Christmas bomb plot foiled in Indonesia

Jakarta: Indonesian police have foiled plans by an IS-linked group for a Christmas-time suicide bombing after killing three suspected militants on Wednesday and discovering a cache of bombs, authorities said.
A firefight erupted at a house in South Tangerang 25 km west of the capital Jakarta, with police saying the alleged militants had opened fire at officers.
“We asked the three men to surrender but they fought, with one of them throwing a bomb at officers. Thankfully the bomb didn’t explode and we took firm action against them,” said national police spokesman Rikwanto, who goes by one name.
He said the group to which the three belong, which is linked to the IS group, had planned to stab a police officer at a police station and wait for crowds to gather before launching a suicide bomb attack around the Christmas holidays.
The targeted location is near a private hospital west of Jakarta, police added.
Bomb squad officers in protective gear have so far detonated six bombs seized from the house and more are expected to be blown up before investigators can enter the building. Police have yet to disclose the total number of bombs discovered.
The plot was disclosed by a group member who was arrested earlier on Wednesday and tipped off police about the three militants and their whereabouts, police said.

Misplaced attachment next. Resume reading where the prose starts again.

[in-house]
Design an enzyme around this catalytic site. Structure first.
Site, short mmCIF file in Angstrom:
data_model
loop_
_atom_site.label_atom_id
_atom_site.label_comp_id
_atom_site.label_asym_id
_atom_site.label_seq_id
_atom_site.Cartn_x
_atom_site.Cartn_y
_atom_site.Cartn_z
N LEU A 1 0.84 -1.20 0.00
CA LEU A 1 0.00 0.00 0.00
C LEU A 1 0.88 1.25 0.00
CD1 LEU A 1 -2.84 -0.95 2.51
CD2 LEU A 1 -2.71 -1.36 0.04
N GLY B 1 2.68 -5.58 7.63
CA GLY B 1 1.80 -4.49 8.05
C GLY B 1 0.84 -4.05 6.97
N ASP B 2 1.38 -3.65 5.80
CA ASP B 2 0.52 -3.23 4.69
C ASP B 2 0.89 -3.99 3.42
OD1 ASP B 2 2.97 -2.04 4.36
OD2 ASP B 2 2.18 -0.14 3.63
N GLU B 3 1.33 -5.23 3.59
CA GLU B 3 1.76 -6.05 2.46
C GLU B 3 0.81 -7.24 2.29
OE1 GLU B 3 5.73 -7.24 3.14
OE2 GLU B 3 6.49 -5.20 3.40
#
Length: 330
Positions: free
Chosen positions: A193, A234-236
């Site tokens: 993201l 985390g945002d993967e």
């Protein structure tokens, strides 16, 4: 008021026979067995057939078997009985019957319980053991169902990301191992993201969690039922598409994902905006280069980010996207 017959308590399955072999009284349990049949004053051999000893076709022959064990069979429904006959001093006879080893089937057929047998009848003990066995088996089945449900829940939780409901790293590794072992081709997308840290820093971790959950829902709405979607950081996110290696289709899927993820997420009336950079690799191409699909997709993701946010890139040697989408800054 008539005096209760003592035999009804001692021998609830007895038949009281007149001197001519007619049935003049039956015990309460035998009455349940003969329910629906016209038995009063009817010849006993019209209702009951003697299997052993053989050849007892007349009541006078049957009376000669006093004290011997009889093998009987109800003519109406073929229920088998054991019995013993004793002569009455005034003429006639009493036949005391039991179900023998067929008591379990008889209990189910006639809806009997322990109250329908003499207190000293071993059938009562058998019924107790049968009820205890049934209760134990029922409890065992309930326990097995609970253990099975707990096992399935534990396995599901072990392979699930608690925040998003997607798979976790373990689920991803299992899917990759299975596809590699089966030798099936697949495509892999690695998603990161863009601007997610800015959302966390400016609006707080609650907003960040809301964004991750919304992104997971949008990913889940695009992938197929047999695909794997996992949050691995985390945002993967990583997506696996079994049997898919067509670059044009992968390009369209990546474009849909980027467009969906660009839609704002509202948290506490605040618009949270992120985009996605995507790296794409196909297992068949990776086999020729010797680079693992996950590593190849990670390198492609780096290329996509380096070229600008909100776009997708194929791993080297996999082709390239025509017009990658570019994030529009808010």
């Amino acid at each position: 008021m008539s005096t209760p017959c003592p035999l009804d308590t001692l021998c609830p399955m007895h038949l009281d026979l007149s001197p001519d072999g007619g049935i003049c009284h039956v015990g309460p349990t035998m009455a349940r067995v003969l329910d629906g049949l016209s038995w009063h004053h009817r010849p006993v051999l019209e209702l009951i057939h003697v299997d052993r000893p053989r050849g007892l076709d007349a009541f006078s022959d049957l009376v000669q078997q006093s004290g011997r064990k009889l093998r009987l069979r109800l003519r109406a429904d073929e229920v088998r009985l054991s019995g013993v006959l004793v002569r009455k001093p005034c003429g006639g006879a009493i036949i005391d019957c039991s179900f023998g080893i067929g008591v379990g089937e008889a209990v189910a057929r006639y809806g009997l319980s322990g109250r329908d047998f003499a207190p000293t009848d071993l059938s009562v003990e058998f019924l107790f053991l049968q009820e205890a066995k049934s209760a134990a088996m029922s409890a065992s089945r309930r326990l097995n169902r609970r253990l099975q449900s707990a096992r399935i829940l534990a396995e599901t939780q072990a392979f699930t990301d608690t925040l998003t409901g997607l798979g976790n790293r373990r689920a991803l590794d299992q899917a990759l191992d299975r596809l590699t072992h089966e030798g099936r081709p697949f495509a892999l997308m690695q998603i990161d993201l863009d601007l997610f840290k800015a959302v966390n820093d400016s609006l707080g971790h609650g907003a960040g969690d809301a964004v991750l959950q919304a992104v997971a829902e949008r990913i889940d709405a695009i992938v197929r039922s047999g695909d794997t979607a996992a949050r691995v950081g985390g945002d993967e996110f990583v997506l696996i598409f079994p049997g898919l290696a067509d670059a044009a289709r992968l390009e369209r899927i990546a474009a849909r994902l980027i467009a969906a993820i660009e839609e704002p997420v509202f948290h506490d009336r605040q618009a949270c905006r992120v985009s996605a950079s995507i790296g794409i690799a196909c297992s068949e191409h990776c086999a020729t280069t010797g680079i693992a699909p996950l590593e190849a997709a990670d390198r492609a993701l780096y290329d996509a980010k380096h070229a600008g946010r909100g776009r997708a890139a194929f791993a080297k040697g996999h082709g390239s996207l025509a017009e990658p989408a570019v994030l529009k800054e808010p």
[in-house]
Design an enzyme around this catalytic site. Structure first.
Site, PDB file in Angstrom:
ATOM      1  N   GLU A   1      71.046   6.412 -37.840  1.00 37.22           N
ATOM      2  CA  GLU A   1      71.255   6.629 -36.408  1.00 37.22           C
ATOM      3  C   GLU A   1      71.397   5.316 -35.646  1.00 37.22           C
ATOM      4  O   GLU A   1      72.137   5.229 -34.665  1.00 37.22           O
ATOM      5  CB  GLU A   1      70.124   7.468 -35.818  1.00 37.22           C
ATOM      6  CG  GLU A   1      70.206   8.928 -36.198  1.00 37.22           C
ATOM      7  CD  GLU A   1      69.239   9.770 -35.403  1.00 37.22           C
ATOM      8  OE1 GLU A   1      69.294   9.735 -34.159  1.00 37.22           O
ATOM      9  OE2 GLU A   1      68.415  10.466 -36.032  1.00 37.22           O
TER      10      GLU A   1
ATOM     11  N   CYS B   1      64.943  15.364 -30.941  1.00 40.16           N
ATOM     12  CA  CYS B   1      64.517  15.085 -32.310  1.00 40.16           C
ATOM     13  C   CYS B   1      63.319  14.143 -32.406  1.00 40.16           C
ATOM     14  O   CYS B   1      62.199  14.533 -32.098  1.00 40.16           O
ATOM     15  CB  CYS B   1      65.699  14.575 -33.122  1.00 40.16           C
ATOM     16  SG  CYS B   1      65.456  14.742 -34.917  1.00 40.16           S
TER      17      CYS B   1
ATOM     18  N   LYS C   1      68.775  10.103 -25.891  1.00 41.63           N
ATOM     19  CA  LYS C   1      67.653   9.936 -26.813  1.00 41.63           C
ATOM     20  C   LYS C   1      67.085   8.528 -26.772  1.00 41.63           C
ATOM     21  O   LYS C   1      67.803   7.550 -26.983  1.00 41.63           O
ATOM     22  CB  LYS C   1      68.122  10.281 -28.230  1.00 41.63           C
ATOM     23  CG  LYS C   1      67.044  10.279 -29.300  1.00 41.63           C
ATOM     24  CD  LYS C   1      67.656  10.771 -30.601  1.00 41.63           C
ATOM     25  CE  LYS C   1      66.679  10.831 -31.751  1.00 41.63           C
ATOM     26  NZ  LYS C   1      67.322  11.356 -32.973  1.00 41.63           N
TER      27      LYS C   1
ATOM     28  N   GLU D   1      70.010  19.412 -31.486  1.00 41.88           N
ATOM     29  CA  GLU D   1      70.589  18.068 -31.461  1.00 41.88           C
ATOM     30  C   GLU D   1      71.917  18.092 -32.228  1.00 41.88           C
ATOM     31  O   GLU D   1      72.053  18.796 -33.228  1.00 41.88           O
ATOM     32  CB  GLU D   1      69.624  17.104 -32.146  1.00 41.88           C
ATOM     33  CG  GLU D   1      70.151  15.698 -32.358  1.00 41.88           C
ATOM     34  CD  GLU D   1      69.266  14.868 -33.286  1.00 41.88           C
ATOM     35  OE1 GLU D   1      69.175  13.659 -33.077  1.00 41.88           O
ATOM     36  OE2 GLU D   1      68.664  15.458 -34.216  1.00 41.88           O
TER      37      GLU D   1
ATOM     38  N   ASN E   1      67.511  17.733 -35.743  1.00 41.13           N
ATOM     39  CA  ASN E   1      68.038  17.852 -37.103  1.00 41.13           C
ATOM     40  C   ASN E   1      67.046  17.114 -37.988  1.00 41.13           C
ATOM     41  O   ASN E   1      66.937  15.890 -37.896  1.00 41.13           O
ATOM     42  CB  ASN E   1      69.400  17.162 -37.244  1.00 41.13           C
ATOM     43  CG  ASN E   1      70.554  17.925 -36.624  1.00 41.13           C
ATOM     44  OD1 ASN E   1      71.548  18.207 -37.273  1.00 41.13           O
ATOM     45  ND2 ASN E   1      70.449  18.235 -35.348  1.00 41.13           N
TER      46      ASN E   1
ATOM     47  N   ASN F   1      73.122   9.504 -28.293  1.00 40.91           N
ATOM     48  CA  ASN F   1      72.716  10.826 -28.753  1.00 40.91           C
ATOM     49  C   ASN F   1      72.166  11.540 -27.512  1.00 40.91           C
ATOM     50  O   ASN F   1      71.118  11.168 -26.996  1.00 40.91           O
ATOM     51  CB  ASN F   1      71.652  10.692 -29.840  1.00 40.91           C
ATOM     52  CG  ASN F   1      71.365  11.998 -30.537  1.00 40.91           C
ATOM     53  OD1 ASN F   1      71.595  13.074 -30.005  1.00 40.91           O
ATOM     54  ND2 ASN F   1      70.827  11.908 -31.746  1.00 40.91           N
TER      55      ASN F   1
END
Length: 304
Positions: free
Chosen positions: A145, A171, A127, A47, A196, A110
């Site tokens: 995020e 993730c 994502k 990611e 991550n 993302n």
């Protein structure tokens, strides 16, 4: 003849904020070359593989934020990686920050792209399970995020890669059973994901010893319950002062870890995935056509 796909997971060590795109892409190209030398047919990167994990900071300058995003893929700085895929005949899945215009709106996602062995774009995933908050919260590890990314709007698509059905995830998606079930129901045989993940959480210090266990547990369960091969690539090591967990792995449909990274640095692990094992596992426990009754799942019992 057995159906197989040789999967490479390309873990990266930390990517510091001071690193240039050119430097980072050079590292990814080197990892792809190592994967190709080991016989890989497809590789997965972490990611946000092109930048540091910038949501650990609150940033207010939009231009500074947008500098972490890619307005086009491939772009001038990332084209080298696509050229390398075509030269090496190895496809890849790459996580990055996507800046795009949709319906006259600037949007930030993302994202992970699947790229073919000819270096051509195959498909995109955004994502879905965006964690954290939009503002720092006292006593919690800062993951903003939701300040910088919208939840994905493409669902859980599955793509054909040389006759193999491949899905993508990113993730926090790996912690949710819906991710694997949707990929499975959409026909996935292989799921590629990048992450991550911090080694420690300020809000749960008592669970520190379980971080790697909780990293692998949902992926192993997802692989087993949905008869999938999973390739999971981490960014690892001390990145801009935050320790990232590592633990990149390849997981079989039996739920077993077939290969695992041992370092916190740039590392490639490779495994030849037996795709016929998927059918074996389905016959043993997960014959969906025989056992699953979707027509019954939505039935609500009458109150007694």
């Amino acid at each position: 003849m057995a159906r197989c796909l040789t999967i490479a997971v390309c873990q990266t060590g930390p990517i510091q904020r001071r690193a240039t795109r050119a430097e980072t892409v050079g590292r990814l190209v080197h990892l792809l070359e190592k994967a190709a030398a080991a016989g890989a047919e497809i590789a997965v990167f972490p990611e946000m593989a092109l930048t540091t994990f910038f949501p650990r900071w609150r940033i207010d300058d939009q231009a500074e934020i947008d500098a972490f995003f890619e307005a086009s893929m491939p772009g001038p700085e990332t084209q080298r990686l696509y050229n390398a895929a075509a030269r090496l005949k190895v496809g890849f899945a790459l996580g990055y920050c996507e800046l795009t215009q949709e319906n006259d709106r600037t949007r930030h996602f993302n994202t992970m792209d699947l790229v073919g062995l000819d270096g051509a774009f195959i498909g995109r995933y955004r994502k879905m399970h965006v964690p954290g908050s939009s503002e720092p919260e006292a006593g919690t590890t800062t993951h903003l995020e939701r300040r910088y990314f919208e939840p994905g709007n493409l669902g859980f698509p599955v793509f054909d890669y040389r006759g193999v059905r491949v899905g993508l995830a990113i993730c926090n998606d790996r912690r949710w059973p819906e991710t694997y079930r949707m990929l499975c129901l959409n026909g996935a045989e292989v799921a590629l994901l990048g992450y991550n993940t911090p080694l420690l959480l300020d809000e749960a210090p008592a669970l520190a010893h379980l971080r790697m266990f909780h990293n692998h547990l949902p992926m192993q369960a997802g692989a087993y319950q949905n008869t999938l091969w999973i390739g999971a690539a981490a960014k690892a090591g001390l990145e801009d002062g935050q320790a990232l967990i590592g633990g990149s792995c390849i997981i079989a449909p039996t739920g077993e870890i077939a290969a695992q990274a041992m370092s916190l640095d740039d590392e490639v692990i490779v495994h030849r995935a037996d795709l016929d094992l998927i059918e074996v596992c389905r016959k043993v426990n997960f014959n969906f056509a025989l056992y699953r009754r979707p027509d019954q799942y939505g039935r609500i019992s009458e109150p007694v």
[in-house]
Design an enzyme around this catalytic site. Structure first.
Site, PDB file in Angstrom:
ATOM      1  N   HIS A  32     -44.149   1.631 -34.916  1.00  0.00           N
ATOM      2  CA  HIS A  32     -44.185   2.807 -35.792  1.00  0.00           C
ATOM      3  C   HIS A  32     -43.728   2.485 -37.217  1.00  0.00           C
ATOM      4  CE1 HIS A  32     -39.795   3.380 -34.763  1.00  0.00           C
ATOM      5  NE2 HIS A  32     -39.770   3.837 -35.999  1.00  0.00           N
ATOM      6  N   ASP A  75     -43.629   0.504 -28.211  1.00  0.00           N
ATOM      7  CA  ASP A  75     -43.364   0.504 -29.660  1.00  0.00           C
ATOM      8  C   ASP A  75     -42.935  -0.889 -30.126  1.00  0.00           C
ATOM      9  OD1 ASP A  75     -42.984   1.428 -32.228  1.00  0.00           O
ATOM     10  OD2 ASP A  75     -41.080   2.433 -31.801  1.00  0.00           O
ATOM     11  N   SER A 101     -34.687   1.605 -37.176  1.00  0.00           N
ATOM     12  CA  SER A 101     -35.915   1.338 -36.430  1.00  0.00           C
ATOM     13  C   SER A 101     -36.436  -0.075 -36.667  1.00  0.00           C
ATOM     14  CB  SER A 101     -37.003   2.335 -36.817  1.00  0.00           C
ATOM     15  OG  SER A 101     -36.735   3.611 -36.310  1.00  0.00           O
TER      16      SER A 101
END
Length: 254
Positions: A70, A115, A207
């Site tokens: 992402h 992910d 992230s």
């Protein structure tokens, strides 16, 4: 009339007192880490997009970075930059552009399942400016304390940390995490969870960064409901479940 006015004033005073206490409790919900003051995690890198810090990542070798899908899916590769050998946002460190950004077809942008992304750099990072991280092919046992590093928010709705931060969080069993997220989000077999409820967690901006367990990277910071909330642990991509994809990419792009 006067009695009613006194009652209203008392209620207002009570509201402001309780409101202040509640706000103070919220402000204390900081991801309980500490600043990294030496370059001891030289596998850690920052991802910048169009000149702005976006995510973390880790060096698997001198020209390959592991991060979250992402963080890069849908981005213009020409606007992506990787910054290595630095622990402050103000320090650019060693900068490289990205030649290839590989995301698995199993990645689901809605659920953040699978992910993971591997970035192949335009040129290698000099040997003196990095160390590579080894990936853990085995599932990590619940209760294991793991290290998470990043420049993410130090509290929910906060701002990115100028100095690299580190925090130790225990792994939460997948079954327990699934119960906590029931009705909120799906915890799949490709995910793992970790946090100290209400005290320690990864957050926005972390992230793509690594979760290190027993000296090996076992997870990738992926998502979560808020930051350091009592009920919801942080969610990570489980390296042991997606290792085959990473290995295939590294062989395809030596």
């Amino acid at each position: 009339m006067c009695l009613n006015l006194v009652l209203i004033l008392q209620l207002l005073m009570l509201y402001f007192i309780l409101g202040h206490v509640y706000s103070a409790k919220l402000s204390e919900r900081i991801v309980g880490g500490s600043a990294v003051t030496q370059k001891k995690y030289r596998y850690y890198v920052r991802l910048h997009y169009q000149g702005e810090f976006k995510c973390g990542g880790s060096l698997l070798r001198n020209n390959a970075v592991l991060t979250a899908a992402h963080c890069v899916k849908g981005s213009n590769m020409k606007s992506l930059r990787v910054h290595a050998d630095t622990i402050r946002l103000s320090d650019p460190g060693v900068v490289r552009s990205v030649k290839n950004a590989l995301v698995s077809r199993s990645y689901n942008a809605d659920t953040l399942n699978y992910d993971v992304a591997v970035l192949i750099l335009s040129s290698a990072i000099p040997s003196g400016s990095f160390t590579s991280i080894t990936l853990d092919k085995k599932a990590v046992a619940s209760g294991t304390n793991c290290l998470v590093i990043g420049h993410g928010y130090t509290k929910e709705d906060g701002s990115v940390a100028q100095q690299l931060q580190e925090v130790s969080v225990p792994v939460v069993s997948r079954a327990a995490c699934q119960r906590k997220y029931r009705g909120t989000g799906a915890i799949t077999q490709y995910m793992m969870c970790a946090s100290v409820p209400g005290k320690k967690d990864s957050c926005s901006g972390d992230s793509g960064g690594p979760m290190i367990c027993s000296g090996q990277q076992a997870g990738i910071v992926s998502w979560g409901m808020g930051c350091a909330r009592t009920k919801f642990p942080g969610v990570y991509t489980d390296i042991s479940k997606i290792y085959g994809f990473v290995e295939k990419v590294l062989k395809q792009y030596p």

The raid came less than two weeks after police arrested four militants including a female suicide bomber in Bekasi east of Jakarta. They were plotting to bomb one of the guard posts at the presidential palace.
Police said the men in South Tangerang have links to the Bekasi group and to Bahrun Naim, a leading Indonesian militant fighting with IS in Syria who was allegedly responsible for several botched assaults in his homeland.
“These groups are linked to ISIS. Some recruit, some donate, some assemble the bombs and some carried out the attack,” another national police spokesman Martinus Sitompul said, using another acronym for IS.
A security analyst said Indonesians fighting for IS in Syria appeared to have designated the Philippines the safe house for IS-related groups in the region. Indonesia, the world’s most populous Muslim-majority country, had become the main target of terror attacks. “Indonesia is easier to be a target because the militants think it’s easier here. Law enforcement is weak and it’s easy to get a fake ID,” analyst Al Chaidar said. — AFP

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